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Getting Ready for the Next Polar Blast

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Getting Ready for the Next Polar Blast

By any measure, we dodged a bullet this winter. It was mild in most regions of the U.S. What are the chances that Mother Nature will be as kind next year? The 2013 Farmers’ Almanac will be out in September to weigh in with our predictions, but now is actually the ideal time to get ready for next winter. It is almost like getting ready for Christmas, then sitting back with a smile while others scurry at the last moment.

If you use wood to help heat your home, this is actually the perfect time of the year to prepare. You can watch a couple of videos we made a few years ago on the subject: Firewood 101 and How to Season Firewood. I just took delivery of 2 cords and stacked it for a long drying summer. If you buy now – you will get “green” (wet) wood, but it will be at the best price. If you take delivery make sure you get a mix of hardwoods. Pay attention to what is or isn’t included. In fact, when shopping wood suppliers, ask for a breakdown of what is in their deliveries.

Here is a handy breakdown of wood species and approximate equivalent to gallons of fuel oil per cord air dried wood:

Hickory: 177 gallons
White Oak: 170 gallons
Sugar Maple: 155 gallons
Red Oak: 155 gallons
Beech: 149 gallons
Yellow Burch: 149 gallons
White Ash: 149 gallons
Red Maple: 136 gallons
White Birch: 130 gallons
Elm: 126 gallons
Gray Birch: 125 gallons
Poplar: 100 gallons

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One more consideration: Last fall, I came across Eco Bricks at Tractor Supply Stores. This is hardwood compressed into bricks and sold in packages of eight, or by the ton. They are dry, easy to handle and burn hotter and longer than logs, without the mess. It is worth investigating and maybe mixing with regular wood. If you have any firewood questions, toss them my way. It is one of my favorite topics.

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1 Carol Perry { 01.10.13 at 7:23 pm }

I have heard that you should have half of your year’s firewood left on February 1st. Does this sound right to you?

2 Joe FRanza { 08.17.12 at 7:15 pm }

4 yrs agi i purchased a pelle7 stove. I was and still am very impressed with it . The average cost of a pellet is abt $300 with delivery. My stove is thermostat controled with 3 fan speeds.I try tp keep it sat at 68 drg, unless it gets realy cold, at night i turn it down. I burn a bag of pellets over the course of 18 to 20 hours.I maintain the stove every 2 days just to clean out the burning area and remove the ash, very easy to do , takes abt 5 minutes. NEVER open the door till yr stove has cooled . Clean the front glass with paper towel and a mild glass cleaner.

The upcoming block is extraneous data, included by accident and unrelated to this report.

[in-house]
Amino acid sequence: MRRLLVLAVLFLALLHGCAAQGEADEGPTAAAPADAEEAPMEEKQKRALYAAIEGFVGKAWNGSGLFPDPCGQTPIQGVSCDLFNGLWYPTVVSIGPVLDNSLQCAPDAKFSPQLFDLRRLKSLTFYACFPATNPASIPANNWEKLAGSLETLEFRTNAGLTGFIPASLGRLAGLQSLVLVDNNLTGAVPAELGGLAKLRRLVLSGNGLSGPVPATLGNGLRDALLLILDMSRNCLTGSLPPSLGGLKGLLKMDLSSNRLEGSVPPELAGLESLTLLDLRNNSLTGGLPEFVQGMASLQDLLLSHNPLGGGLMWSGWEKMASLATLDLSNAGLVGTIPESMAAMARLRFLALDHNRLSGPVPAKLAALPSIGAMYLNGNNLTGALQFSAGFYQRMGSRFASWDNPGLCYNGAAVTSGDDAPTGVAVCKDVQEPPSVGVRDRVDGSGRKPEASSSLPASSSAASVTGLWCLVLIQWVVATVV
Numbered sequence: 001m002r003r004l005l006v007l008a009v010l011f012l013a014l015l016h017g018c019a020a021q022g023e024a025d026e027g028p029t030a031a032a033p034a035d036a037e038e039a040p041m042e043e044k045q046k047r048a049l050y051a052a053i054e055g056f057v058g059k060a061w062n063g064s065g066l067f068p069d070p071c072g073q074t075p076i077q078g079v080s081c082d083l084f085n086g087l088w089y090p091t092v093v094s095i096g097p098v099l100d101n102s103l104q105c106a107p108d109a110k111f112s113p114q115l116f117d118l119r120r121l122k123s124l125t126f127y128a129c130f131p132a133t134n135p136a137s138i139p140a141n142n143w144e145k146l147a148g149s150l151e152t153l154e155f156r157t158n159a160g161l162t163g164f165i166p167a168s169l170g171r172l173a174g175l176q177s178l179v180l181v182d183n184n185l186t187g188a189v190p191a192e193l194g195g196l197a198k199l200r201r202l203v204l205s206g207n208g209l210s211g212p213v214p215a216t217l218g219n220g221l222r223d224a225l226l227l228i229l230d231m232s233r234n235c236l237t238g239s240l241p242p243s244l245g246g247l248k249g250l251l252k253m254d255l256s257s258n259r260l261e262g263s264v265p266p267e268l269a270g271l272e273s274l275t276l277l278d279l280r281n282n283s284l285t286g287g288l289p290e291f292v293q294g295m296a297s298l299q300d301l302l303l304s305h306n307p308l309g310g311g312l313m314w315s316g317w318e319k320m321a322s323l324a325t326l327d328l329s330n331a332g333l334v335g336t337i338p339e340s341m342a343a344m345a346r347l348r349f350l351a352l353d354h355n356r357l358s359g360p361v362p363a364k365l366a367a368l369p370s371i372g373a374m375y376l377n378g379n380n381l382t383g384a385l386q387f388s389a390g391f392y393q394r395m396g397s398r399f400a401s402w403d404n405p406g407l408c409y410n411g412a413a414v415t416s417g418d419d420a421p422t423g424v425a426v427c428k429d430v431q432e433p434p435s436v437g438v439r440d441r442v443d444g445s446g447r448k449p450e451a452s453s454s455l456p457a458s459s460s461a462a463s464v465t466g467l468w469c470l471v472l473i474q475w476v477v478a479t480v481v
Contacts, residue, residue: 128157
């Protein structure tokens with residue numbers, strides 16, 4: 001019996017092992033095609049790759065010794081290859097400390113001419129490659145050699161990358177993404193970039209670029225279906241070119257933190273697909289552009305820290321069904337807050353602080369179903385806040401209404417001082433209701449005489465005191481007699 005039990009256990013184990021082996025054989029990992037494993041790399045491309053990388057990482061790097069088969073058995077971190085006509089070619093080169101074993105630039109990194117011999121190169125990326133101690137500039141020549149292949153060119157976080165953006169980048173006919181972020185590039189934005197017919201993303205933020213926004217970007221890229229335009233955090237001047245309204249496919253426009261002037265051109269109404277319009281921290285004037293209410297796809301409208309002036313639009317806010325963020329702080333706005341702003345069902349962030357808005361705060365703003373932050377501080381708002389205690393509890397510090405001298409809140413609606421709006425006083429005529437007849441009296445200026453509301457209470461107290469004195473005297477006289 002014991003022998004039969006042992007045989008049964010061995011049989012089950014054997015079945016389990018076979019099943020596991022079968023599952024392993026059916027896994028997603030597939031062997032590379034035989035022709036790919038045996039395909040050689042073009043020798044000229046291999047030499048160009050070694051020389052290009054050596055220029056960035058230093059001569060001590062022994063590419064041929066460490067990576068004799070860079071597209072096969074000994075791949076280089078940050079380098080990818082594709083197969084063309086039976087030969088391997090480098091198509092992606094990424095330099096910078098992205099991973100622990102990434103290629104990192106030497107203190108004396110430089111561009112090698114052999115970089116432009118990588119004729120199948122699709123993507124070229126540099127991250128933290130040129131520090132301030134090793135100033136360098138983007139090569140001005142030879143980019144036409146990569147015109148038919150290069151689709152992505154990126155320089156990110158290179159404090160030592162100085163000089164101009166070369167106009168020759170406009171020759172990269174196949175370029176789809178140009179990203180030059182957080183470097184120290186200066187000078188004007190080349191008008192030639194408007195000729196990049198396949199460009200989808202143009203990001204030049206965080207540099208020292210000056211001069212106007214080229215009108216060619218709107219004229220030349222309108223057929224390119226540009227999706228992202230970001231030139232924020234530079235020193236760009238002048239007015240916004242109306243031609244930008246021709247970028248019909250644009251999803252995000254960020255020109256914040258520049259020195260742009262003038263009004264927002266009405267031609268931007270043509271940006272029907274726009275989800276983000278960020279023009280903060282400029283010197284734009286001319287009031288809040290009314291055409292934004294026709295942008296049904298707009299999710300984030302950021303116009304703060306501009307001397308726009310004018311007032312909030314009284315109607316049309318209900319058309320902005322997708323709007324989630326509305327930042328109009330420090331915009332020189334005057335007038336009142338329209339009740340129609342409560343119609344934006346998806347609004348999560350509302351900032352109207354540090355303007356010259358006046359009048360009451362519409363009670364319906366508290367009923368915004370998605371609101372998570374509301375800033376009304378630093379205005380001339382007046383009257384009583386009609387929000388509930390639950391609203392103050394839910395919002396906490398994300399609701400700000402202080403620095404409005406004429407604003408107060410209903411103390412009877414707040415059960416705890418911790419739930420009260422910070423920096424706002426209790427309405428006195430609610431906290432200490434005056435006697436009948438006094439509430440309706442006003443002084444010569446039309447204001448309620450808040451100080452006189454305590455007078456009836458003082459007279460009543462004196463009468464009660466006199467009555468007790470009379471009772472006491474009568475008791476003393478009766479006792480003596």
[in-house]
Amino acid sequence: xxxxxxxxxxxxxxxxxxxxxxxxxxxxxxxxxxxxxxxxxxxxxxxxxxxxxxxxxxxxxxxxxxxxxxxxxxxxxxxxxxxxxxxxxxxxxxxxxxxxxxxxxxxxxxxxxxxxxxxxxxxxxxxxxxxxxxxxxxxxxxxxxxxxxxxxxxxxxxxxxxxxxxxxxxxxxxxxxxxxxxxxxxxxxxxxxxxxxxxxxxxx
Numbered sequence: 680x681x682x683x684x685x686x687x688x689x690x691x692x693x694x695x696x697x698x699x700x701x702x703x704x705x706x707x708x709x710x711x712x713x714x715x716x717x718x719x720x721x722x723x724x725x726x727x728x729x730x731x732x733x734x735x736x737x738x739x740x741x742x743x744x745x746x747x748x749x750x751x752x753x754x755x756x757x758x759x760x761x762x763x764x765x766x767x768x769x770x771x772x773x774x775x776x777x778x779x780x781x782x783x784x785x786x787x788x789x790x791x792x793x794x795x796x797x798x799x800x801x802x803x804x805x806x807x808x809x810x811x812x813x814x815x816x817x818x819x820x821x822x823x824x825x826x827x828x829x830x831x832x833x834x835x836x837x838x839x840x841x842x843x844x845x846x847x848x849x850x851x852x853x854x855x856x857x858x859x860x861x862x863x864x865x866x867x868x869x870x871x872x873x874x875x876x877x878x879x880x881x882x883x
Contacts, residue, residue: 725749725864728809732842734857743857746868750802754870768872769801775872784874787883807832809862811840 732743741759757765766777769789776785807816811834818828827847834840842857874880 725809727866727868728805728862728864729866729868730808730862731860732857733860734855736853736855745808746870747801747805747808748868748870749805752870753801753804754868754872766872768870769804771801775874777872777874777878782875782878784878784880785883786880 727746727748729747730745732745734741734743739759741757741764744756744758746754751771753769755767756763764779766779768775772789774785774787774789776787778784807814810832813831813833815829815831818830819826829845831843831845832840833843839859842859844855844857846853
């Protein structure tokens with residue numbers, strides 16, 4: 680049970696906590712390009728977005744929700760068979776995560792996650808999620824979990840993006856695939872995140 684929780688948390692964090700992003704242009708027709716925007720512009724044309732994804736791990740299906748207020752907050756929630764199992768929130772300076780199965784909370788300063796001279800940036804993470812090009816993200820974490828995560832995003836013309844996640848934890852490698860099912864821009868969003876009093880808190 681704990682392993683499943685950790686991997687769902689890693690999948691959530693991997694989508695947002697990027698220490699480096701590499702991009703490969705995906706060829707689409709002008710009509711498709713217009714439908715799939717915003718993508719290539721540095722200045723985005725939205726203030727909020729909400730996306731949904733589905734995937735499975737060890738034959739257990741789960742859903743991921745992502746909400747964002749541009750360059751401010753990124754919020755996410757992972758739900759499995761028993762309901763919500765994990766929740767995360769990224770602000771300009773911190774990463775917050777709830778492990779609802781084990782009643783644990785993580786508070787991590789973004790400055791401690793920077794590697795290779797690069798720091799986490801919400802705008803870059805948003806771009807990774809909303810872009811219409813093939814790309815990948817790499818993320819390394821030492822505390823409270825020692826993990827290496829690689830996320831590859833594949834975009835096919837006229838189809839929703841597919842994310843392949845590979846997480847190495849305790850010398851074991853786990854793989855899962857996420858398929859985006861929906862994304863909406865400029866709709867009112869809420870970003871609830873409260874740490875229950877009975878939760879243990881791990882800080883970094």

Enjoy yr stove its gonna be a colddddddd winter

3 Peter Geiger { 05.01.12 at 8:48 pm }


Great questions. I am impressed that you have the energy to cut, split and stack 4 – 5 cords of firewood. One option is to get wood already cut/ split for you stove – more money but less work. A friend who has a pellet stove. He says the advantages are convenience (buy pellets by the ton) and 40 lb bags. But, The btu is not as good a hard wood . A pellet stove does not work if you lose electricity. There are differences in the quality of stoves – shop carefully.

I’d also suggest looking at the eco bricks I get from Tractor Supply. The can be bought by the ton and burn hotter than regular wood with less ash and no mess. This is my take.

4 citizen montag { 04.27.12 at 8:25 pm }

I like the idea of a oil/wood comparison chart but, here in the PNW we have none of those species of wood. How about one for alder,fir, doug fir, ect.? Had a lot of alder and maple fall in this years windstorms. The maple here isn’t nearly as hard as in the east. I am curious how it stacks up (ar ar) statistically. Thanks,

5 brenda { 04.27.12 at 4:59 pm }

I know this sounds completely off from what this is about and i was looking over some stuff and i came to finding out it was the winter of 2000 when we had our warmest winter on record! So we actually did have some winter. January was alot colder than normal for a stretch then we had 11 inches of snow here in VA in February. So this winter wasent really “the winter that wasent” if you think about it. yes we were milder than normal but think about the freakish cold snaps dumping snow just about everywhere. it was a quick winter. After February left old man winter was never seen again. Maybe next winter we will have to use those wood stoves more often

6 Bob Mann { 04.27.12 at 10:41 am }

Good Morning Peter

I have been burning wood in wood stoves and a wood boiler when I lived at home as a kid, and I have been burning wood in a wood stove for my own house for 25 yrs. I have a 3 bed room ranch house with a partially finished basement. The Wood stove is on the unfinished side of the basement. I typically use about 4-5 cords of wood per year to heat my house. Except for the coldest of nights (below zero) the wood stove comfortably heats my house. On the nights when the stove cannot keep up, I use the oil, hot water heating system to supplement the wood stove.
I purchase the wood in log length and cut and split the wood myself. I find it to be good exercise. For the past 3 yrs I have paid $110 per cord of wood. I believe cut & split wood is approximately $200 – $250 per cord in my area.

Last year I was at a local art festival and was looking at pellet stoves. Seeing as I am getting a bit older, I was considering switching to a pellet stove.

Your thoughts? Comments?

Thank you for your assistance.

Bob Mann

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